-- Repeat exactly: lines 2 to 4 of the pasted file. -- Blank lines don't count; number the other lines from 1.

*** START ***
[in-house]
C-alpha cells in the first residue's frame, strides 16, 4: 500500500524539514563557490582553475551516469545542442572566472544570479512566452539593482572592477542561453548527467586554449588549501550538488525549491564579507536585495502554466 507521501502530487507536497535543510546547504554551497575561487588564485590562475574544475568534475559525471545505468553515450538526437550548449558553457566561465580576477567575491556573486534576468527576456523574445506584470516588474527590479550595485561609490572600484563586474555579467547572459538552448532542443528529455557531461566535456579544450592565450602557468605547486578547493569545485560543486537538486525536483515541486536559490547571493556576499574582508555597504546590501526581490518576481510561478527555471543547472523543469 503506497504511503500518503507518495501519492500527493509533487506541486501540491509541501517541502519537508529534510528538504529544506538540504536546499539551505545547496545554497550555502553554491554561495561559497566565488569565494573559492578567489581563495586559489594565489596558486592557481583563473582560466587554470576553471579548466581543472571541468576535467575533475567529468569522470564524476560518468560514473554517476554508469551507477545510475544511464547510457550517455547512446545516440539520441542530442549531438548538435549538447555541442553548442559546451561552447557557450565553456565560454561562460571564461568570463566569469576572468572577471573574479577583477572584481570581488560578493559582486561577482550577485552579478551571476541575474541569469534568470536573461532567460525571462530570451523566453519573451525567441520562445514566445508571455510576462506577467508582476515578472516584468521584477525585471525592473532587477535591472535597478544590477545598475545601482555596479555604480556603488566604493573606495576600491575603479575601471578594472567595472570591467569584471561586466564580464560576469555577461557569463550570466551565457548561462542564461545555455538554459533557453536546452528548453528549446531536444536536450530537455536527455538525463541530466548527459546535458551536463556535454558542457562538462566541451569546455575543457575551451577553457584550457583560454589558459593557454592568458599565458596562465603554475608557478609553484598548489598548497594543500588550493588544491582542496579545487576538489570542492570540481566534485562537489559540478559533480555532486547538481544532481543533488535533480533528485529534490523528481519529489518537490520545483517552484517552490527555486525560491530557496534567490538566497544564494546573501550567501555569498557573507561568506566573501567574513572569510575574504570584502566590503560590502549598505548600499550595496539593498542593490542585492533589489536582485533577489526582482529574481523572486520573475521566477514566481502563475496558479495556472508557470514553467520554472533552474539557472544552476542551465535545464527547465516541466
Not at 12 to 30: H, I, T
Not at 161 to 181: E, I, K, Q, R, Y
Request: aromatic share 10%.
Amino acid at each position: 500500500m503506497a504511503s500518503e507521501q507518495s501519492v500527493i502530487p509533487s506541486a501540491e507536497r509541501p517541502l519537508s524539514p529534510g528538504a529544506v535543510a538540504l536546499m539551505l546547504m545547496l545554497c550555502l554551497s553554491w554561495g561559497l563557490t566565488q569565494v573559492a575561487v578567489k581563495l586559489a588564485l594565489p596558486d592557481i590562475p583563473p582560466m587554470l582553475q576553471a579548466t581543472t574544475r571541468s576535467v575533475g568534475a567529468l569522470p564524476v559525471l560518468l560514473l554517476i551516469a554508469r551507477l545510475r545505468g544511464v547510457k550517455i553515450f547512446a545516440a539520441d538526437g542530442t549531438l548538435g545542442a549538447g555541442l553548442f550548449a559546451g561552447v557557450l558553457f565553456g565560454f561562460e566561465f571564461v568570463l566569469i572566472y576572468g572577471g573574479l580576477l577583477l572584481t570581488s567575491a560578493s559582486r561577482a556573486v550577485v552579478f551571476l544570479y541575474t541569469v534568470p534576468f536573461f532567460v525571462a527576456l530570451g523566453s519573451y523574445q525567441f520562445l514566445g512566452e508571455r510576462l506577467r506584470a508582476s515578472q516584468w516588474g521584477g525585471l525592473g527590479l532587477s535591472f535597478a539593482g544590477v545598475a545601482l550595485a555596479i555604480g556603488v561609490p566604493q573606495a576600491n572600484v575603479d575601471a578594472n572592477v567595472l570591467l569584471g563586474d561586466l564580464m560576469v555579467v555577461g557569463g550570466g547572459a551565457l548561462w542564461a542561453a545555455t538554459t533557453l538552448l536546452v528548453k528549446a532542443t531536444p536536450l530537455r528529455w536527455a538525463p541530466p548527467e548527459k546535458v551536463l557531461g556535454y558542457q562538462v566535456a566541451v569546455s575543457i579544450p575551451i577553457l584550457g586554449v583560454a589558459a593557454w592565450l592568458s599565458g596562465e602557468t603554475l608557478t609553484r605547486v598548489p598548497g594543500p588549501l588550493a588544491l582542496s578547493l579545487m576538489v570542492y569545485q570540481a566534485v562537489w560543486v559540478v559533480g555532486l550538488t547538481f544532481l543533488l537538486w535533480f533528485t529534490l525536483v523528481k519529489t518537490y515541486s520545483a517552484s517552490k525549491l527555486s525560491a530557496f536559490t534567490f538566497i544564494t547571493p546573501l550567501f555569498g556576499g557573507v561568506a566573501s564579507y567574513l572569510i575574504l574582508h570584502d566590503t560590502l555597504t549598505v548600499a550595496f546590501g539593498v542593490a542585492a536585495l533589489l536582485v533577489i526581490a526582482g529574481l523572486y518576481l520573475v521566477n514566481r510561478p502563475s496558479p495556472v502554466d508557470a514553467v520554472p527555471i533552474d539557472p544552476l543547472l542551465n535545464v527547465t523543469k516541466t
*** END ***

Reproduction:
C-alpha cells in the first residue's frame, strides 16, 4: 500500500524539514563557490582553475551516469545542442572566472544570479512566452539593482572592477542561453548527467586554449588549501550538488525549491564579507536585495502554466 507521501502530487507536497535543510546547504554551497575561487588564485590562475574544475568534475559525471545505468553515450538526437550548449558553457566561465580576477567575491556573486534576468527576456523574445506584470516588474527590479550595485561609490572600484563586474555579467547572459538552448532542443528529455557531461566535456579544450592565450602557468605547486578547493569545485560543486537538486525536483515541486536559490547571493556576499574582508555597504546590501526581490518576481510561478527555471543547472523543469 503506497504511503500518503507518495501519492500527493509533487506541486501540491509541501517541502519537508529534510528538504529544506538540504536546499539551505545547496545554497550555502553554491554561495561559497566565488569565494573559492578567489581563495586559489594565489596558486592557481583563473582560466587554470576553471579548466581543472571541468576535467575533475567529468569522470564524476560518468560514473554517476554508469551507477545510475544511464547510457550517455547512446545516440539520441542530442549531438548538435549538447555541442553548442559546451561552447557557450565553456565560454561562460571564461568570463566569469576572468572577471573574479577583477572584481570581488560578493559582486561577482550577485552579478551571476541575474541569469534568470536573461532567460525571462530570451523566453519573451525567441520562445514566445508571455510576462506577467508582476515578472516584468521584477525585471525592473532587477535591472535597478544590477545598475545601482555596479555604480556603488566604493573606495576600491575603479575601471578594472567595472570591467569584471561586466564580464560576469555577461557569463550570466551565457548561462542564461545555455538554459533557453536546452528548453528549446531536444536536450530537455536527455538525463541530466548527459546535458551536463556535454558542457562538462566541451569546455575543457575551451577553457584550457583560454589558459593557454592568458599565458596562465603554475608557478609553484598548489598548497594543500588550493588544491582542496579545487576538489570542492570540481566534485562537489559540478559533480555532486547538481544532481543533488535533480533528485529534490523528481519529489518537490520545483517552484517552490527555486525560491530557496534567490538566497544564494546573501550567501555569498557573507561568506566573501567574513572569510575574504570584502566590503560590502549598505548600499550595496539593498542593490542585492533589489536582485533577489526582482529574481523572486520573475521566477514566481502563475496558479495556472508557470514553467520554472533552474539557472544552476542551465535545464527547465516541466
Not at 12 to 30: H, I, T
Not at 161 to 181: E, I, K, Q, R, Y